Williams’ death opened a new forum to open up about the disorder. Buzzfeed published a compilation of depression confessionals from its own staffers. Writer John Tabin took to Twitter to say he had attempted suicide five years ago, while Slate’s David Weigel opened up about checking in to a mental hospital.
Gabrielle Manross-Mazzone, a young mother from Cotuit, Mass., said Williams' death allowed her to speak more openly about her bipolar disorder with other members of her moms Facebook group.
"I was kind of a closet case," she told NBC News. "My bipolar is mild... But there is such a stigma attached to it. And my family thinks I should just deal with it and not be on meds."
Voll had suffered sexual abuse as a child, a violent husband and found it difficult to raise her daughter. At one point, before getting professional help, she held a loaded gun to her head.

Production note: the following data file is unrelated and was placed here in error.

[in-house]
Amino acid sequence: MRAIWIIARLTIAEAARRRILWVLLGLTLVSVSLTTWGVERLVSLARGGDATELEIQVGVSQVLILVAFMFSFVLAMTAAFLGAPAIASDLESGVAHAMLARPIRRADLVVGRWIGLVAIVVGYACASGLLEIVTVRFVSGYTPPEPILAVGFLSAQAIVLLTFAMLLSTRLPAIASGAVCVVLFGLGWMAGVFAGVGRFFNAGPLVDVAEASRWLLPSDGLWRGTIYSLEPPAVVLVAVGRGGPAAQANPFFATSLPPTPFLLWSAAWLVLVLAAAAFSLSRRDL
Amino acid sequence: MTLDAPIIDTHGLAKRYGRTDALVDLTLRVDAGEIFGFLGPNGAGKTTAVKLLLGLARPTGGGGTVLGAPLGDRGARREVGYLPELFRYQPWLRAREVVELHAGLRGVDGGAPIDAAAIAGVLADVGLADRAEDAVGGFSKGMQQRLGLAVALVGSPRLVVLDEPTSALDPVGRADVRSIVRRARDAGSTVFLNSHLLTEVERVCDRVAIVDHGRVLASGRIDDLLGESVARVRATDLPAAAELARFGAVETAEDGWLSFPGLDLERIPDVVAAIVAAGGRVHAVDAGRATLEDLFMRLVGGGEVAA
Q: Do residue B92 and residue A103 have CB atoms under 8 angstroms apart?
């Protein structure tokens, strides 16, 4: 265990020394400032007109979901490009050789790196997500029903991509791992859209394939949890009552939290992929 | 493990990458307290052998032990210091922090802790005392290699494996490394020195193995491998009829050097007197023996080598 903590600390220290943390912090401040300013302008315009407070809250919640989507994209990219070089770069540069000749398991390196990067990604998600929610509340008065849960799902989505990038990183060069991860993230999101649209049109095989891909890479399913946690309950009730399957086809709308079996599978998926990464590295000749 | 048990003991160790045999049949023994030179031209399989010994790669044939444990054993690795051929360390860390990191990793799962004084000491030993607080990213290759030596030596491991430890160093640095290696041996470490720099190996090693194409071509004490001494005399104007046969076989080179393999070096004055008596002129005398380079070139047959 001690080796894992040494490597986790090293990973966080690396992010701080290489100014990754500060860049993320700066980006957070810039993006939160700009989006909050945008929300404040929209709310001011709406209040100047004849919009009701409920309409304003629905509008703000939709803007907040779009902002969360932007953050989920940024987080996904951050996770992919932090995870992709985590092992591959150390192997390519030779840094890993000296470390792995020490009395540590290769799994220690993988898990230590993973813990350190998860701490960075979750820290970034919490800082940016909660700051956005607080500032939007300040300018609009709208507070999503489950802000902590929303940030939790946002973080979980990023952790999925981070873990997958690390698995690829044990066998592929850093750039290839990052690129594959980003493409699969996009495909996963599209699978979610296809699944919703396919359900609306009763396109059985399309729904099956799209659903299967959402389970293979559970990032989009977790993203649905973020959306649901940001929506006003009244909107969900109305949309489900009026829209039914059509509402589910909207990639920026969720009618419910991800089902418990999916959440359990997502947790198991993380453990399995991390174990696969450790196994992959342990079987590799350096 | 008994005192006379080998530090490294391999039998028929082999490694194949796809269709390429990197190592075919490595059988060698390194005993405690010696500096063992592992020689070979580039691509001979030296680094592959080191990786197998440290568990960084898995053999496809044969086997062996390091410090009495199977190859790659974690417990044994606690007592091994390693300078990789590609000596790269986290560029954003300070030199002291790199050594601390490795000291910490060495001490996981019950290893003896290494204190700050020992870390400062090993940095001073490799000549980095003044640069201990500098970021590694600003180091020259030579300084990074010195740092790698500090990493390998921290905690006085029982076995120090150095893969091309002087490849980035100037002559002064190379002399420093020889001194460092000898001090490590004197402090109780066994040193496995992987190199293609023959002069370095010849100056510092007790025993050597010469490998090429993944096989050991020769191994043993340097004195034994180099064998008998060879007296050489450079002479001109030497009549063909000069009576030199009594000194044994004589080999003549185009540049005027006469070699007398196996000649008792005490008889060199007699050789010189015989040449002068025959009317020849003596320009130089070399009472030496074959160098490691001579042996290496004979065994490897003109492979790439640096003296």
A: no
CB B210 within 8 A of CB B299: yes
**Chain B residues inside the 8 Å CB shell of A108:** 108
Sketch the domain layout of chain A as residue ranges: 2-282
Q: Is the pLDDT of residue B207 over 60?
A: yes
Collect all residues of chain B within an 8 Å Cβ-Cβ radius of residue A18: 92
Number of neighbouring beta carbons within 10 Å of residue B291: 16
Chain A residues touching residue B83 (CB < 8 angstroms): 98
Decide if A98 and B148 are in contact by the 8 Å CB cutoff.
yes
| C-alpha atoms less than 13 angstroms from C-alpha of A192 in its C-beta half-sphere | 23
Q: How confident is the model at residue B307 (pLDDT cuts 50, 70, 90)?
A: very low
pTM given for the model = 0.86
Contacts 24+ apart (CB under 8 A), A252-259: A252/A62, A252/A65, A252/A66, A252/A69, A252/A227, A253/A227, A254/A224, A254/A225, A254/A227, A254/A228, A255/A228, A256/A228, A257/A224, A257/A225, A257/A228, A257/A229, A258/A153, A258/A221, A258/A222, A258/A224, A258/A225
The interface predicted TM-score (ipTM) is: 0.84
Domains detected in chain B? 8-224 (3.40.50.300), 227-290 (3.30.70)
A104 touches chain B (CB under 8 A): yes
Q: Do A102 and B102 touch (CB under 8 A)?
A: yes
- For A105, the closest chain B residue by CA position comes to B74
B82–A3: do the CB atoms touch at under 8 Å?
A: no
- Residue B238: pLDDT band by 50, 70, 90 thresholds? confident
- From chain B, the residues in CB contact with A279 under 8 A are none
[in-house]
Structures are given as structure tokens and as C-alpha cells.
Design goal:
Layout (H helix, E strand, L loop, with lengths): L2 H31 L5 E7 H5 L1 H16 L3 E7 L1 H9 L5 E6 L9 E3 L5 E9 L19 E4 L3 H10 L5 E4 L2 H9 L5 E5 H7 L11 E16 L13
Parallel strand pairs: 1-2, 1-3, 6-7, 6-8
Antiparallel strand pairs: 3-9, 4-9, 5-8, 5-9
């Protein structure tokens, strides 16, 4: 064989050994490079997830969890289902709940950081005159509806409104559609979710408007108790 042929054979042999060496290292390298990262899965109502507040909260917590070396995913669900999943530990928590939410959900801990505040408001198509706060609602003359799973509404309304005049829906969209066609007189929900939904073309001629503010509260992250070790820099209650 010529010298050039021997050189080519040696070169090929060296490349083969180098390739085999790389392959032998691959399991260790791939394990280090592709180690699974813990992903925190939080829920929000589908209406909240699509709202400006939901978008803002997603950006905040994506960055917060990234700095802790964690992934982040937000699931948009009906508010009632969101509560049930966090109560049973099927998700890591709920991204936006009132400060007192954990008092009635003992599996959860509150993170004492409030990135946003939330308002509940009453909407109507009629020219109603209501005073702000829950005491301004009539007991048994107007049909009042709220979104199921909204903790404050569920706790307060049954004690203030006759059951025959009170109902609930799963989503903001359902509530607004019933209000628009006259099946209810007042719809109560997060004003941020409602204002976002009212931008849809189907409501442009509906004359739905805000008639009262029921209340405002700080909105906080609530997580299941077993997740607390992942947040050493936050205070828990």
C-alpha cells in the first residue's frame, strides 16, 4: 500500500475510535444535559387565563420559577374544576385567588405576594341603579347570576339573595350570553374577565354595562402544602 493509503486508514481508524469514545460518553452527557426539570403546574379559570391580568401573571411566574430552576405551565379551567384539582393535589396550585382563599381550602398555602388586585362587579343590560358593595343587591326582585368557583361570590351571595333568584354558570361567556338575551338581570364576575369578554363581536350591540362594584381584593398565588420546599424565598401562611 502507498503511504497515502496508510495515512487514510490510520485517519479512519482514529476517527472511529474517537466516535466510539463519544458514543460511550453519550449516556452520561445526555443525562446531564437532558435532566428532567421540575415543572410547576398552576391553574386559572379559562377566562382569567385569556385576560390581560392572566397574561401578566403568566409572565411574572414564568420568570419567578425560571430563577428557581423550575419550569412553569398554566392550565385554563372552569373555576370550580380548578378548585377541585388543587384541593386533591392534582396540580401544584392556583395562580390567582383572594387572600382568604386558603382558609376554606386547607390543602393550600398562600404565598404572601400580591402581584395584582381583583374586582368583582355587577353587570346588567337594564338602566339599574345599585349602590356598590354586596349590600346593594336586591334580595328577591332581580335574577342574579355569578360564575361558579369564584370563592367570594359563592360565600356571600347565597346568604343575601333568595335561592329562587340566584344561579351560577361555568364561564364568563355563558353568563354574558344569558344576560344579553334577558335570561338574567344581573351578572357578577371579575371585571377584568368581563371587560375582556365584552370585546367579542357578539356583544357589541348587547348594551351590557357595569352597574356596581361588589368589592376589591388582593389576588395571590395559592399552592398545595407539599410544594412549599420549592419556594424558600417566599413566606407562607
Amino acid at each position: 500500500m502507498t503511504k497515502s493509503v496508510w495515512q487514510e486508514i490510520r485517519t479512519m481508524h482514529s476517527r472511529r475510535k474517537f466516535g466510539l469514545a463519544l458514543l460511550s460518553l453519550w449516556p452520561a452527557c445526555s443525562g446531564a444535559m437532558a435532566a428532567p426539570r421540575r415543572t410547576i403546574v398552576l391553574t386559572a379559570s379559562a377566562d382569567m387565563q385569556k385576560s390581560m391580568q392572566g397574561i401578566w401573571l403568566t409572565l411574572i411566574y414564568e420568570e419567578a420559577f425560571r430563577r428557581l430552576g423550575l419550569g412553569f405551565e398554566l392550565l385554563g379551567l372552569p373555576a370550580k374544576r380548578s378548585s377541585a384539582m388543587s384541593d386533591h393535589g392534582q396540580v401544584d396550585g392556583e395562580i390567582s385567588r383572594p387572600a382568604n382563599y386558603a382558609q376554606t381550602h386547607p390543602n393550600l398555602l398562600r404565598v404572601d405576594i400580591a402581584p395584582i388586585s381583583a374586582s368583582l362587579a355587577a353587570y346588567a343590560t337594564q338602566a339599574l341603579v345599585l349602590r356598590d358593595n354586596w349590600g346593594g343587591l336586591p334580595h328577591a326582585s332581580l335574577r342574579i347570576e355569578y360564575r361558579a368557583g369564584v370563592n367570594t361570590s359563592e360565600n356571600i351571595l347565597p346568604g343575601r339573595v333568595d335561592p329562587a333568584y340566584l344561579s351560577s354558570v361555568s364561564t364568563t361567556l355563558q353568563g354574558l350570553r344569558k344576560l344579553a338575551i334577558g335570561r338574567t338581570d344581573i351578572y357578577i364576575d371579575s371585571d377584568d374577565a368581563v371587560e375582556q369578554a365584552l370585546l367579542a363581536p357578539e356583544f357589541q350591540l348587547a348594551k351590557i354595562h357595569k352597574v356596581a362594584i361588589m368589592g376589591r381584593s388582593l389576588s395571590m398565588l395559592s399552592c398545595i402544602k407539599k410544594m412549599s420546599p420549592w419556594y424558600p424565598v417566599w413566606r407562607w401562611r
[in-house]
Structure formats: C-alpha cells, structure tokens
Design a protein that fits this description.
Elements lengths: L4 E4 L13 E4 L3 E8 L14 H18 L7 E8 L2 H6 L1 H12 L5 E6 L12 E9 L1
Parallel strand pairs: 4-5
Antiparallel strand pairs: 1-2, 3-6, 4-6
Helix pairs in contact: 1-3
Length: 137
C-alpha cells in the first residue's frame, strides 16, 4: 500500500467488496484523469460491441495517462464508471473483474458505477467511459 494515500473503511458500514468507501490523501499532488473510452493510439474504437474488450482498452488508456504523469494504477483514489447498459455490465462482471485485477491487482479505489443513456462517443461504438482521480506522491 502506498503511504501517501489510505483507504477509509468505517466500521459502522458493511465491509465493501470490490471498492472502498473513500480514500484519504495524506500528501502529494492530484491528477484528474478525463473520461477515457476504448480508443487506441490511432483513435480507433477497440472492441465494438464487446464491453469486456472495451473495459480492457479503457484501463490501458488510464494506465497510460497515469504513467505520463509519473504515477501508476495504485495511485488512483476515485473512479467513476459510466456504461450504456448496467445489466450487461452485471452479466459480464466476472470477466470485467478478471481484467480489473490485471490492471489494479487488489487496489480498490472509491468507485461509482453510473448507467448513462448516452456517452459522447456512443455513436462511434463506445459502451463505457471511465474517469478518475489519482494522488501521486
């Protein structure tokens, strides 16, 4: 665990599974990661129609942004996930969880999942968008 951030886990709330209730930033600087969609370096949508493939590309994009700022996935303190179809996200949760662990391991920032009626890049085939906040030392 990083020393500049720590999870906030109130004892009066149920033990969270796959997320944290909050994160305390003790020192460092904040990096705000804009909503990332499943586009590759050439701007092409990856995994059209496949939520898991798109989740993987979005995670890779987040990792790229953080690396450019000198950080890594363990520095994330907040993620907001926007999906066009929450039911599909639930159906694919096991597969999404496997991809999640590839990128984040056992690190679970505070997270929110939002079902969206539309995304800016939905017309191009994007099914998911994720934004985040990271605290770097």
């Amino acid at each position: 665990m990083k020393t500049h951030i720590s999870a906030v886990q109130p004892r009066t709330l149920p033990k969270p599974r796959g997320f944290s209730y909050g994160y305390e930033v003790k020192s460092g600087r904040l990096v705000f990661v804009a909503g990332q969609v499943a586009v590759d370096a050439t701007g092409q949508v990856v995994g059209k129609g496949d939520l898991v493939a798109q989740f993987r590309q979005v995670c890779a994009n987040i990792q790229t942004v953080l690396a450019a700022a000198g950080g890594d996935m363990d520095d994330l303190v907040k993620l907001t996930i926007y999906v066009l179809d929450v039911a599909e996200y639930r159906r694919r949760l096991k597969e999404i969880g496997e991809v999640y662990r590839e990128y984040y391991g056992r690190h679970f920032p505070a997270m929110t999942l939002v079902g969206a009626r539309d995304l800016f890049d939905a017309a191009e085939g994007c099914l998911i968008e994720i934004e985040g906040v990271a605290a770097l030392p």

“You go through the tunnel and get to the light at the end, and now a superstar goes and hangs himself,” she said. “A guy with all the money in the world who is loved and is now dead.”
But, she said, Williams’ public death “brings to the attention of the world that every Joe Schmo and Tom, Dick or Harry can have depression. It’s not a nasty word.”
“Stitches” author Anne Lamott’s post on Facebook, which had more than 40,000 shares, resonated with patients and therapists alike — “Our brother Robin fell into [the abyss] yesterday. We are all staring at the abyss today.”